Rock Beats

Q&A with Chris Bratton

Captain Chris BrattonIn January, Captain Chris Bratton of the Police Department will retire after 28 years with the City. In this interview, Chris discusses his career with the City.


When did you join the City?

I joined in November, 1979 — 28 years ago. I started as a patrolman and moved up to captain.


What made you decide to go into law enforcement?

I was a police officer in Colorado before coming to Round Rock. I got into it because it looked like it was exciting. I had a friend who was a police officer in Colorado who introduced me to the work. I worked in Colorado as a police officer for six years before deciding to come back home to Texas. I’m originally from West Texas. I went to Colorado after college. I decided to come back to Texas to be near my grandparents.


What was the Police Department in Round Rock like when you started?

Very small. Gene Collier was the Chief of Police. Wes Wolf was the lieutenant. We only had about eight officers. Janie Cruz is the only person still in the department besides me from that time. The city was only about 6,000 people. We knew everybody.


Did you have any mentors at the City when you started?

Wes was a big influence on me. Bob Griffith was another mentor for me. He helped a lot. Dale Swofford was another big help. His son now works in Building Inspection. These men helped me to understand politics in a small town. It’s a whole different ballgame. They taught me how to survive in small town politics. Bob was a City Councilman.


What do you think has been the most important or significant change in Round Rock?

I think the most significant change in the city government is the diversification of the income stream because it’s critically affected the way we do business. At one point, Round Rock could have easily ended up like Rolling Wood or West Lake Hills — just a little pocket near Austin. The decision to actively become a player in the metropolitan area and try to pull business into the city is probably the most significant change that we’ve seen. It affected all of us both in the size of the city and in the wages and benefits for City employees because it greatly increased our income. In 1980, the City budget was around $10 million; now, it’s around $120 million. Our growth has been phenomenal and we’ve become influential in the metropolitan area.


What was you favorite aspect of your job?

It’s hard to say. There are aspects that are fun and others that are not. Being a detective was probably the most fun. I worked cases and dealt with people and had an impact on people’s lives. I also enjoyed working in the Criminal Investigations divisions. I also liked being a negotiator. I did that in Colorado as well. That really gives you a chance to help people. A negotiator comes in when people are in crisis and they can’t see any options. A negotiator’s job is to give them options. Most people in crisis situations don’t really want to do anything extreme or violent but get into such an emotional state that they can’t see any alternative. We help them move beyond that state. It’s very rewarding.


How do you think the Department will manage without you?

Very well. I can step away knowing that it’s in good hands and they will do well.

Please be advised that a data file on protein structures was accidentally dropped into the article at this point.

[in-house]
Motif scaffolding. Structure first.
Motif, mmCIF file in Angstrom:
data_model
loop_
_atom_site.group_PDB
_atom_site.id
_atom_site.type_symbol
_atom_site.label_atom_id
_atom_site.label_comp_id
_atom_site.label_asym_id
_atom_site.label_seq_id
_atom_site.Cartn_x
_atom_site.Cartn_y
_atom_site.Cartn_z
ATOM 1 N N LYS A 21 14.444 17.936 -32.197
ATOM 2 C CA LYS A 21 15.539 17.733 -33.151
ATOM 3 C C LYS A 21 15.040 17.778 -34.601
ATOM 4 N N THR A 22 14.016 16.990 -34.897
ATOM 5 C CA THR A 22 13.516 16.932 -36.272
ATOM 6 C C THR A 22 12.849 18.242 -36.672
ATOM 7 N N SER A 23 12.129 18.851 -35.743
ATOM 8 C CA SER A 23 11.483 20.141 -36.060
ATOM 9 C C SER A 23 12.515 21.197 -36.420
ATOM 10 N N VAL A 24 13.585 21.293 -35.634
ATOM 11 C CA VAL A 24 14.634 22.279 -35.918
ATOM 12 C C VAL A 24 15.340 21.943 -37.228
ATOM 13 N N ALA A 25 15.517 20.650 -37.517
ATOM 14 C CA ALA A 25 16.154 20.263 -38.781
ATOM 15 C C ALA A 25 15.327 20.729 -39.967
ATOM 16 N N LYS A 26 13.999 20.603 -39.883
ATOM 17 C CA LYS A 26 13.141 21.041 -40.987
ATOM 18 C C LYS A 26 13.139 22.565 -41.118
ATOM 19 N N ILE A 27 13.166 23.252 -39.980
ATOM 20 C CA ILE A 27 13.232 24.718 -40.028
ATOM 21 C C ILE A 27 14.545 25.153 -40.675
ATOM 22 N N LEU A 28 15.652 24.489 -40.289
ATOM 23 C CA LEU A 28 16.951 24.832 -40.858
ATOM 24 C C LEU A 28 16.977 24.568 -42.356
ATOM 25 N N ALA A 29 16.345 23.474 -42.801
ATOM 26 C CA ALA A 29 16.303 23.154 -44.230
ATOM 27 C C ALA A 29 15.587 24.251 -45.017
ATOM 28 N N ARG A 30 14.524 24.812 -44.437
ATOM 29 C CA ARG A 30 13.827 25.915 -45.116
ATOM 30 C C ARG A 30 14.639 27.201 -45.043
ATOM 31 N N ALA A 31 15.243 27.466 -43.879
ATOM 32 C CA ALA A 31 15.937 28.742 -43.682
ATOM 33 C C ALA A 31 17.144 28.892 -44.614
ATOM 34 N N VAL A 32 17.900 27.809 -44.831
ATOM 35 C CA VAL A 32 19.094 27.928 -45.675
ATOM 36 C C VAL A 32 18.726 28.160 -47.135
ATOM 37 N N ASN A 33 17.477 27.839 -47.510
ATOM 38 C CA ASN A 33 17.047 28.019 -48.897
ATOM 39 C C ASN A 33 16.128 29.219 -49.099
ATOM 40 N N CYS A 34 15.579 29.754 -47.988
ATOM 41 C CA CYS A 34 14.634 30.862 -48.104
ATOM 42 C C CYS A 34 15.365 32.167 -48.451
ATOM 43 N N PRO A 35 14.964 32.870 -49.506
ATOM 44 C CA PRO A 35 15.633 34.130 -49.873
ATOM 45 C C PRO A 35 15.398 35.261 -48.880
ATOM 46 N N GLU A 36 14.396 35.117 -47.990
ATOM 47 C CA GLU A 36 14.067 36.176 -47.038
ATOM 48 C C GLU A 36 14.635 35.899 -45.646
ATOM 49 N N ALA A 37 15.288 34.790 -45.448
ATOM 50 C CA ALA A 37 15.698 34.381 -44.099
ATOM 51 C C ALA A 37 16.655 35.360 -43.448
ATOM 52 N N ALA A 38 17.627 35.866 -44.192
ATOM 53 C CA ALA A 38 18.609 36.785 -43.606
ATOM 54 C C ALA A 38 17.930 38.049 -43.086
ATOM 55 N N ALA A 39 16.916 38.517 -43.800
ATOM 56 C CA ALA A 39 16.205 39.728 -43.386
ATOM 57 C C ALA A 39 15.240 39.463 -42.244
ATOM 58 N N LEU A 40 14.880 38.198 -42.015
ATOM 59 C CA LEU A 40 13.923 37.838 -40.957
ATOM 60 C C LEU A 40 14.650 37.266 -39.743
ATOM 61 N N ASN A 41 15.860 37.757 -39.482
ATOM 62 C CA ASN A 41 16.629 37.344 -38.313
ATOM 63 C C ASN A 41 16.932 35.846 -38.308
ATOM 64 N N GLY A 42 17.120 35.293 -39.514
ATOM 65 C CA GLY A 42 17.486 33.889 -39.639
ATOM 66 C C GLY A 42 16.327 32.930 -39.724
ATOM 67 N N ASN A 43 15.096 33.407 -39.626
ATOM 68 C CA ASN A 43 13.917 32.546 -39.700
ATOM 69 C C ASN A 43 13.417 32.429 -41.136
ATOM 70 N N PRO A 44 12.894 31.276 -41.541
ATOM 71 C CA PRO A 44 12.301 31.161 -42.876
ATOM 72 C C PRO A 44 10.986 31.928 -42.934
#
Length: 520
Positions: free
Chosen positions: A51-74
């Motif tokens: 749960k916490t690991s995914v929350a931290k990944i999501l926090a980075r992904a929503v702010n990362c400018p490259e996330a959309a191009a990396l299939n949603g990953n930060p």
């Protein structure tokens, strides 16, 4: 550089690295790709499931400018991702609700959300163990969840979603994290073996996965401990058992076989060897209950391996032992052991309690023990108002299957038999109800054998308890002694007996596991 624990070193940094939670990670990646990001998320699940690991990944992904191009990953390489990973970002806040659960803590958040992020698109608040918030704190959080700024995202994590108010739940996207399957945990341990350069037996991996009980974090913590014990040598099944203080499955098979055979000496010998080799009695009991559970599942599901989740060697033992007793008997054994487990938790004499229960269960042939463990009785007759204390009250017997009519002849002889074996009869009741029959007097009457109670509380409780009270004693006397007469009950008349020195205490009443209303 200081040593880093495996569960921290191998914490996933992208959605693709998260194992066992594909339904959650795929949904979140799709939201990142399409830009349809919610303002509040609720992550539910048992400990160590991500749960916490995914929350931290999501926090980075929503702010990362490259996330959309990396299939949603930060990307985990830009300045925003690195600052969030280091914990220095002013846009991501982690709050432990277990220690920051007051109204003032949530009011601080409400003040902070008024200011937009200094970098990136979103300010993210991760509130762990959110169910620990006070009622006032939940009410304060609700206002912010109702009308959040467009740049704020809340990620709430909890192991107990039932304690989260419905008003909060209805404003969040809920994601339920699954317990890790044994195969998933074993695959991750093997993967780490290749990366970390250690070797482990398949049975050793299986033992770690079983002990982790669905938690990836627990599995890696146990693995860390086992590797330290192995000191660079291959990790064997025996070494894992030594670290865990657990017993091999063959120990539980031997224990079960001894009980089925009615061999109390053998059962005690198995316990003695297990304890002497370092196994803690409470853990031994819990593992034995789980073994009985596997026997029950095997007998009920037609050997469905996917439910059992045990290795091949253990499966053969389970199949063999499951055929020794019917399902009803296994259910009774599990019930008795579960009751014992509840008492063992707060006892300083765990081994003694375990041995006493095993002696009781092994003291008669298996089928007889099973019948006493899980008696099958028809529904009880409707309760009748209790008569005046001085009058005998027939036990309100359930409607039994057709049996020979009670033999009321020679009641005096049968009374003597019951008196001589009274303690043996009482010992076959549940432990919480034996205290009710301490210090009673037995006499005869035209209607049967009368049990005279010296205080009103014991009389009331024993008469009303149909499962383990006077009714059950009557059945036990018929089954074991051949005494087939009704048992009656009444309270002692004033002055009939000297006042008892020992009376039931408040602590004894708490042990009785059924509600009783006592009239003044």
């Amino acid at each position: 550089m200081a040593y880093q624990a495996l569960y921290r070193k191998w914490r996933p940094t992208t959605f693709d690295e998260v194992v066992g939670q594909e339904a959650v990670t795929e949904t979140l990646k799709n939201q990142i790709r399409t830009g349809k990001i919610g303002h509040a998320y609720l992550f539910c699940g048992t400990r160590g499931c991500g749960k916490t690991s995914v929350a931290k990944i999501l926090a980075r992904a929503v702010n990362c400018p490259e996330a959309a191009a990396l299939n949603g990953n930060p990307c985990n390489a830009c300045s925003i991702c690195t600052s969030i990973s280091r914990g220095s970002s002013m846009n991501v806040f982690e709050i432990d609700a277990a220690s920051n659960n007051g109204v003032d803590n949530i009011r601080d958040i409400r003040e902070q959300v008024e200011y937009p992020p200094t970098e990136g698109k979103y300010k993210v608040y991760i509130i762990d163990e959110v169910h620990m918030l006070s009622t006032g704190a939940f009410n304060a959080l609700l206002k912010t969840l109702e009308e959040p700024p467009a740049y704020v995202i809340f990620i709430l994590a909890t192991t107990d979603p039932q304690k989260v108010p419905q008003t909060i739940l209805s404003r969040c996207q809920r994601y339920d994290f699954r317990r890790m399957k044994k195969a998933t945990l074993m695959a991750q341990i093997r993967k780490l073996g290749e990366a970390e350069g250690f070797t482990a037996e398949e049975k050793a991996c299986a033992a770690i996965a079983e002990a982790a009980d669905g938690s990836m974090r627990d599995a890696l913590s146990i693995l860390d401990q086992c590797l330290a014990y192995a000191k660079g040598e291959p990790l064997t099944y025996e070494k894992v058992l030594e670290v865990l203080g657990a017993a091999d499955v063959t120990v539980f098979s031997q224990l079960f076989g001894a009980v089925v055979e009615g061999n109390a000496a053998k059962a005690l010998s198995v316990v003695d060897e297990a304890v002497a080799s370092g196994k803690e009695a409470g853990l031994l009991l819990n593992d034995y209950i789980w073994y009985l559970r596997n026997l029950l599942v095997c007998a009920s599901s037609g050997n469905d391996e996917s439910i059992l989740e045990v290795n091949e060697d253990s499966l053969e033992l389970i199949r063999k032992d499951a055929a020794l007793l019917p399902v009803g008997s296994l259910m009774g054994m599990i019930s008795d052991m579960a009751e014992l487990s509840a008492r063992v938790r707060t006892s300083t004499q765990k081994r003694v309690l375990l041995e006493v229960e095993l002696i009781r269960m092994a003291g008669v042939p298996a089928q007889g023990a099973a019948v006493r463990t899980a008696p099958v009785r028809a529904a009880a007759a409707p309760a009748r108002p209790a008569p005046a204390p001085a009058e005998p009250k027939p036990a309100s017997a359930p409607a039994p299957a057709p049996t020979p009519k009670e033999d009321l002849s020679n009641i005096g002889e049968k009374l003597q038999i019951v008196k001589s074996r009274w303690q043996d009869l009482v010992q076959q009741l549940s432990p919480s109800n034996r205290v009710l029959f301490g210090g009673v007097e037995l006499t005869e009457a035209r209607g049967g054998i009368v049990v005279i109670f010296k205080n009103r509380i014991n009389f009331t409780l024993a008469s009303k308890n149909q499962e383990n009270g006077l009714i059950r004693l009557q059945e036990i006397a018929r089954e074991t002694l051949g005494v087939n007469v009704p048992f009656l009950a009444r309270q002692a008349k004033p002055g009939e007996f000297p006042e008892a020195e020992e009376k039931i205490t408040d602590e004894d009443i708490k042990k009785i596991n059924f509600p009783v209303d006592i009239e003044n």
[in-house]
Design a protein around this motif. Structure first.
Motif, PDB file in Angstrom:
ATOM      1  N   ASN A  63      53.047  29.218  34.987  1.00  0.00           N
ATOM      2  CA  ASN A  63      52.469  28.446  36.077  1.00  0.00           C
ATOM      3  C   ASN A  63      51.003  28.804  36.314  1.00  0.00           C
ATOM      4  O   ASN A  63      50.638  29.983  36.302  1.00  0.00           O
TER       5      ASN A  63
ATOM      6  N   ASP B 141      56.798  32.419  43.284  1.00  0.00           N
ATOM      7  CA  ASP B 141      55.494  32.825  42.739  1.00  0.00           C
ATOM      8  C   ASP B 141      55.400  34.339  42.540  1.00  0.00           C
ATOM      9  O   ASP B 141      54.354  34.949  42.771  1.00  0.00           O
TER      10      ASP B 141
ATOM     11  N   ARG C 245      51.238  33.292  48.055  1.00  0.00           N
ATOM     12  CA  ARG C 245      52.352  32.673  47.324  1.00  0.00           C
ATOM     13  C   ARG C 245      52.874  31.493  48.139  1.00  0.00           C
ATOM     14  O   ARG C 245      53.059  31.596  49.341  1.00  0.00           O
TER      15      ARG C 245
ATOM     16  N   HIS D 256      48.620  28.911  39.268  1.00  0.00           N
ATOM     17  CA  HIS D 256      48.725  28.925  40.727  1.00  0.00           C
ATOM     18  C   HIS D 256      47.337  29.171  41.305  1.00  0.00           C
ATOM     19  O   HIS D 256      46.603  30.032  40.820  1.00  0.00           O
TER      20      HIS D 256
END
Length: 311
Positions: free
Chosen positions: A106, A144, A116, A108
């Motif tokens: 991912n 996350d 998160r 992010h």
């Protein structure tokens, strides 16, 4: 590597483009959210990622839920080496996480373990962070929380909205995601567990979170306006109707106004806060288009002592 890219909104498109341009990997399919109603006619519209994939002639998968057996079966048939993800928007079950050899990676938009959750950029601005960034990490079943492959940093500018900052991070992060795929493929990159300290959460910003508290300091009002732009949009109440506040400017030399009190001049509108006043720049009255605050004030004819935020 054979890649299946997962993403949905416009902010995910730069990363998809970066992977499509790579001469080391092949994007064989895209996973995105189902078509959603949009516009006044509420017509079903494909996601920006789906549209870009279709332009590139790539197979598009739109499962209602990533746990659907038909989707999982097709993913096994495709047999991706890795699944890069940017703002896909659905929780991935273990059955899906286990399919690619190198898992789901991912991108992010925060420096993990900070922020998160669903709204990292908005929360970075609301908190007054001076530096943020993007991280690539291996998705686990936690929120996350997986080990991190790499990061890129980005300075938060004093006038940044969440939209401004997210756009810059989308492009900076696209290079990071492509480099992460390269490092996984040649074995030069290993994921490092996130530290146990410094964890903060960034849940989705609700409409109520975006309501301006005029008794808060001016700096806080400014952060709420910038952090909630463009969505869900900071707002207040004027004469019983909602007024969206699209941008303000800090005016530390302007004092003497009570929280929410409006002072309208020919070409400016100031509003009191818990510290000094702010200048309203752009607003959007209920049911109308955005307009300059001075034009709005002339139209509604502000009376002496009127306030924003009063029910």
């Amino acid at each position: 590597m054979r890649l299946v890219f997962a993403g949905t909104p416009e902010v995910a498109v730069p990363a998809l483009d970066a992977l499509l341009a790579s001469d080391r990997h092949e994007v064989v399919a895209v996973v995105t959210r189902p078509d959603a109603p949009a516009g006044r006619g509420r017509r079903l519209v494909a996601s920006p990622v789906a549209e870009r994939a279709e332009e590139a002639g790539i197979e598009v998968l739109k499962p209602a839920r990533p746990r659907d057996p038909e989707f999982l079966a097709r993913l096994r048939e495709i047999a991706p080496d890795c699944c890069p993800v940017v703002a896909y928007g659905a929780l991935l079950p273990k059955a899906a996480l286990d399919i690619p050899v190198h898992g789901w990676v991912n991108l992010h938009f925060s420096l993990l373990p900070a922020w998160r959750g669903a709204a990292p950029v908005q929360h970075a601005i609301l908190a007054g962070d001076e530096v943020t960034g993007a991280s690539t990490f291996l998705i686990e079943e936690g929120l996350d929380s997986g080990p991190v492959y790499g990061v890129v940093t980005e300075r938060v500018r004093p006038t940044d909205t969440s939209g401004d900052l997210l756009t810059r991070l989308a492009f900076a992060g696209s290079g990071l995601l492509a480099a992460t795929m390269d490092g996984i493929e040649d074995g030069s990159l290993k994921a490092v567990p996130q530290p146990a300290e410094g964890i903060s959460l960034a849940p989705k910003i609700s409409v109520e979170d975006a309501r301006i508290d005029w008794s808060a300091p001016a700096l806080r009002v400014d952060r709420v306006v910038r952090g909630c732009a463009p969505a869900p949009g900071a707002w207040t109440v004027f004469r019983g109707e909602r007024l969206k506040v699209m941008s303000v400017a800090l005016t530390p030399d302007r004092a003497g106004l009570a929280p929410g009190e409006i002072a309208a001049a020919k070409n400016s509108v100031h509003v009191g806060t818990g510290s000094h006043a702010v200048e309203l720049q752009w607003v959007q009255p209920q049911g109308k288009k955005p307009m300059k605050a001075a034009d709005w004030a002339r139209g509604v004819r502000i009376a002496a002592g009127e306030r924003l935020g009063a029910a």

What sort of changes have you seen in law enforcement during your career?

I’ve seen it change dramatically in more than 30 years. I remember when the Miranda Rule was handed down. The biggest change has been in technology. We have really good equipment now. When I started, we had radios that had to “warm-up” before you could talk. The cars are safer. The training is infinitely better. We’ve learned from our mistakes what works and what doesn’t. We’ve adopted those things that make it safer for the officers. That means they can do they’re job with less risk to citizens. We do driver training all the time. Years ago, driver training was a rarity.


To give an example of the scope of how things have changed even in Round Rock, when we hire officers now, they go through an eight-week orientation academy showing how the City operates and the equipment and everything. Then they go to an FTO program that can run from two to four months where they train on the job with another officer. Then, they go out on their own but are closely supervised.


My first day on the job in Round Rock, the Chief pitched me the keys to the car and said go out and do your job. I asked if I could have a map to find my way around and he suggested I try the Chamber of Commerce. That was all the job training I got. We’ve come a long way.


Do you have any plans for your retirement?

I plan to teach training courses around the country. I’ll be working on my own and with a group in Atlanta. I teach courses geared for law enforcement. I have a management course, an investigative class, workplace relationships and conflict management courses. I’m also helping to develop a course on maintaining a personal relationship for law enforcement personnel. I’ll be working for myself and traveling a lot.


I’ve had a great career here. Twenty-eight years is a long time. I’d always heard that when you are ready to retire, you’ll know. That’s certainly true for me. I’ve gotten to a point in my life where there are other things I want to go do. It’s time to make that change. I want to finish my Masters Degree in Organizational Psychology and spend my time teaching.  I’ll also have time to do some traveling with my family.  I plan to show my wife and son as much of the country as possible.


Leave a note for Chris in the comments.

2 thoughts on “Q&A with Chris Bratton

  1. Chris, it has been a pleasure working with you the past six years. We will certainly miss your visits to the Purchasing Department.

    Enjoy your travels and “write” if you do well.

  2. You are a valuable asset to the City, and the Fire Department will miss you. Enjoy your retirement.

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